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From a simulation model to a digital twin (part II)
While the term ‘digital twin’ tends to be widely used and abused nowadays, there are still very few examples of the concept itself being put into practice. Rather than being a simulation model, a digital twin is actually a tool that automatically controls processes, systems or even complete warehouses. In the first article in this series of two, Dirk Becks (from Groenewout) and Dirk-Jan Moens and Steven Hamoen (both from Talumis) explained what exactly a digital twin is. In this second article, they highlight what to be aware of when setting up a digital twin.
At the heart of a digital twin is a digital object that is a representation of a physical object such as a system, process or complete warehouse. The digital object can be used to conduct analysis based on data from the physical object. It can be called a digital twin if the results are automatically linked back to the physical object, making it possible to control and fine-tune processes. An example of this could be a digital twin that continuously monitors whether the order picking process is running according to plan and which automatically deploys extra order pickers if it determines that the end-of-day deadline is otherwise unlikely to be met.
Example: allocating goods
Another possible application relates to goods allocation. If a slow-moving item becomes a fast-mover, it can make sense to move that item to a different pick location. While a modern WMS will signal that and make a suggestion, the suggestion is based solely on the inventory turnover. In contrast, a digital object additionally takes account of things like walking and driving distances inside the warehouse, congestion in the aisles and the complexity of the order picking process. These factors are used to precisely calculate whether the benefits of increased order picking efficiency outweigh the costs of moving the item.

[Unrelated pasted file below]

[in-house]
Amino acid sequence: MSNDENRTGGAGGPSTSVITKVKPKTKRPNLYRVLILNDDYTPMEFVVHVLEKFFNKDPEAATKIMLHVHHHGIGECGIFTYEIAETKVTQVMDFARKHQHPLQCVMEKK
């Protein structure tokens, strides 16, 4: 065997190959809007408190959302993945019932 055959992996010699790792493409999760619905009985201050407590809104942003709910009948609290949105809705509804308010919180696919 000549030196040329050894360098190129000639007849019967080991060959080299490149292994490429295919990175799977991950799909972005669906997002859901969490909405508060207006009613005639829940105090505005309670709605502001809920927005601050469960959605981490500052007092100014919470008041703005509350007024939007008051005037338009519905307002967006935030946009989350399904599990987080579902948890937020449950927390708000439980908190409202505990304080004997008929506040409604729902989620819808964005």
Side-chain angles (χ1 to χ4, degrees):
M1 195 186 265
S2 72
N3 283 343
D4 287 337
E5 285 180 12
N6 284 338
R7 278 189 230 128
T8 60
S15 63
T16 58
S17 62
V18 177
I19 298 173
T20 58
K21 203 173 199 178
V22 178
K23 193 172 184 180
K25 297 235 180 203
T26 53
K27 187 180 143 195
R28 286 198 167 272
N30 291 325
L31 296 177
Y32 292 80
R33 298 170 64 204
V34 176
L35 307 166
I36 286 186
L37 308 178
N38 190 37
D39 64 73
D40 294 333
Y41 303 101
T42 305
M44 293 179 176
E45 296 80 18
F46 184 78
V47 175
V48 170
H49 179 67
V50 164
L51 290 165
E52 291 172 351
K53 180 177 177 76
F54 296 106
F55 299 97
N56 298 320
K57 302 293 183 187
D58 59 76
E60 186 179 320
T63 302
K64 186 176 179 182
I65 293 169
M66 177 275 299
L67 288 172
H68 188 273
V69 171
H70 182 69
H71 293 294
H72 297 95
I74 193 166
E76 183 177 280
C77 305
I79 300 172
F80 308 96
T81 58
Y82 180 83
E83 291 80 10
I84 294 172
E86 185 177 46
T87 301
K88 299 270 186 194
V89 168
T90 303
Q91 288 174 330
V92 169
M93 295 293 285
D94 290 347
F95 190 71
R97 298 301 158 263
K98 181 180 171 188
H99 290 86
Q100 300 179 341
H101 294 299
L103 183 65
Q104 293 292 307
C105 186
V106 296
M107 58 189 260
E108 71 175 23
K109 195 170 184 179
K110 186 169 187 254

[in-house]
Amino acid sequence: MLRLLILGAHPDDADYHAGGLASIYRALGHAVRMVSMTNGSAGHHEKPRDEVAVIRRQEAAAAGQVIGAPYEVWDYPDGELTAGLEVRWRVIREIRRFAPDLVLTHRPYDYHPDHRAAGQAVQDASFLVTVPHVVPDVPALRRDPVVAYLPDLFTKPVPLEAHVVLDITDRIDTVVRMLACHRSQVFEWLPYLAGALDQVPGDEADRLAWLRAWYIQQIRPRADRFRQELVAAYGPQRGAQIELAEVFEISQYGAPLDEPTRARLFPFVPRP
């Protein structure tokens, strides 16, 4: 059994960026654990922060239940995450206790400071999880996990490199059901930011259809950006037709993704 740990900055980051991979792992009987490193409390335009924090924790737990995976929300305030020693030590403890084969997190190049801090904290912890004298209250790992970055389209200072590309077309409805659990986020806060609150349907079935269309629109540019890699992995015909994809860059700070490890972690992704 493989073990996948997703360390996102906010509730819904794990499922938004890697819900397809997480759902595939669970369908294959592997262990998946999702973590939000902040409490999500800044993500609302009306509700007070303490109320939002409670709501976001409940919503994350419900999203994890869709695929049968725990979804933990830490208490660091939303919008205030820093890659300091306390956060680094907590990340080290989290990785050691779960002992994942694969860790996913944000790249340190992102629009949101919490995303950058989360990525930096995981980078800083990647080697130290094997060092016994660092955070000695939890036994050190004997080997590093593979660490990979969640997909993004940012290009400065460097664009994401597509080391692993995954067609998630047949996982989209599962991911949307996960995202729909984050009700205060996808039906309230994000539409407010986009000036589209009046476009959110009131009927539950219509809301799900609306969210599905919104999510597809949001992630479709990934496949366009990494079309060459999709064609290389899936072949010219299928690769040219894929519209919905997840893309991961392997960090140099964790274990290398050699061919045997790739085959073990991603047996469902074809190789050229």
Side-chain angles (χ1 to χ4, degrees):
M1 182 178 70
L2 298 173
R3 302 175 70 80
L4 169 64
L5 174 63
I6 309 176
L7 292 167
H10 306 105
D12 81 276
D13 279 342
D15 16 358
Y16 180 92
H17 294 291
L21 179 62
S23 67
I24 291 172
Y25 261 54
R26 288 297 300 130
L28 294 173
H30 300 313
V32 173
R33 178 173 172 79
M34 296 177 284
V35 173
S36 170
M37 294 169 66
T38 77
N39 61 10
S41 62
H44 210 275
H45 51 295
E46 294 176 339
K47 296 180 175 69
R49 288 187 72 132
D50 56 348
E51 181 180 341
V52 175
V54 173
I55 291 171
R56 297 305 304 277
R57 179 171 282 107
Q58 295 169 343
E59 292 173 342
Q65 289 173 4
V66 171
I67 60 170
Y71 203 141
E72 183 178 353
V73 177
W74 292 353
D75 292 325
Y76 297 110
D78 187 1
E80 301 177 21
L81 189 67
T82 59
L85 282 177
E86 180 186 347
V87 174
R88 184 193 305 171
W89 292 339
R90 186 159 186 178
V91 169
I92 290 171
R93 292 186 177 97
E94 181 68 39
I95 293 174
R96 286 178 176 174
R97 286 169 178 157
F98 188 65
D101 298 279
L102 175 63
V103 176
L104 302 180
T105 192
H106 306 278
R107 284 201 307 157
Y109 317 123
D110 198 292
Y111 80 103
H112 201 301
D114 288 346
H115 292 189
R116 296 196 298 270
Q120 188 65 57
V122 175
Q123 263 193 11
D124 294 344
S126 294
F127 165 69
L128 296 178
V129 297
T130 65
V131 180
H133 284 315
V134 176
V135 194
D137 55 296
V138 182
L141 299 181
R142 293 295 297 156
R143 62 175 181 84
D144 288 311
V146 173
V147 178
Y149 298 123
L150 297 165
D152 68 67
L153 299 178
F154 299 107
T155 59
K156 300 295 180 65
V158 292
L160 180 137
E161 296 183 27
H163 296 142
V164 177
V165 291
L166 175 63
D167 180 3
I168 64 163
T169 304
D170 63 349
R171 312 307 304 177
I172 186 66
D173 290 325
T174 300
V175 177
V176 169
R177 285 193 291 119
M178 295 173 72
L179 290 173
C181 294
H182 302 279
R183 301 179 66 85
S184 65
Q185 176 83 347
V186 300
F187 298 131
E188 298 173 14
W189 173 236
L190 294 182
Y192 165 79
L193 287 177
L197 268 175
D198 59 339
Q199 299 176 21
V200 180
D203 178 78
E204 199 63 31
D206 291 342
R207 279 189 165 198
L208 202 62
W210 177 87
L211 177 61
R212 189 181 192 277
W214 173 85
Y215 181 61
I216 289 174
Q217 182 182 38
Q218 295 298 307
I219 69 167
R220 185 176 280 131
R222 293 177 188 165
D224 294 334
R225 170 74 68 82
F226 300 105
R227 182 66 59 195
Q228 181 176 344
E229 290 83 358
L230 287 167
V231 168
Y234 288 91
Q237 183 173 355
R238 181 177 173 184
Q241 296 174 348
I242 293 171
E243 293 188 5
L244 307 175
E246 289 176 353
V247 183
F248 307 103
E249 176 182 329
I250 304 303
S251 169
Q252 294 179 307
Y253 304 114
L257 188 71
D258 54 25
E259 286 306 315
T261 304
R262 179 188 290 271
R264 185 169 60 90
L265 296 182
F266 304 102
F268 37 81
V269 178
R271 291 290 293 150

Start by defining the problem
So if you want to set up a digital shadow or digital twin, where should you start? To find the answer, you need to ask yourself another question: which problem do you want to solve, and what is the best approach? For example, if you just want to calculate how many people you need tomorrow, a number of formulas in a spreadsheet program may suffice. A digital shadow goes a step further, such as by taking peaks in the daily workload into account, but takes more time – and therefore money – to set up.
Determine the right level of detail
We advise against setting up a digital shadow in order to identify the problems. If you want to investigate everything without missing a single operational bottleneck, you will need to build a digital object with a very high level of detail – and a higher level of detail means more effort and higher costs. If you already know which problem you want to tackle, you also know which level of detail is required.
Build the digital object
The next step is to start building the digital object. This requires data – not only about the layout of the warehouse, but also about the traffic management plan, for example. Think about the movement of vehicles around the warehouse; will there be one-way or two-way traffic? Information is also needed about the amount of time involved in processes. How long does it take to walk or drive from Location A to Location B? And how long does it take to pick an order line? Needless to say, some operatives work faster than others. This can lead to deviations, which is why it is important to validate the digital object before use.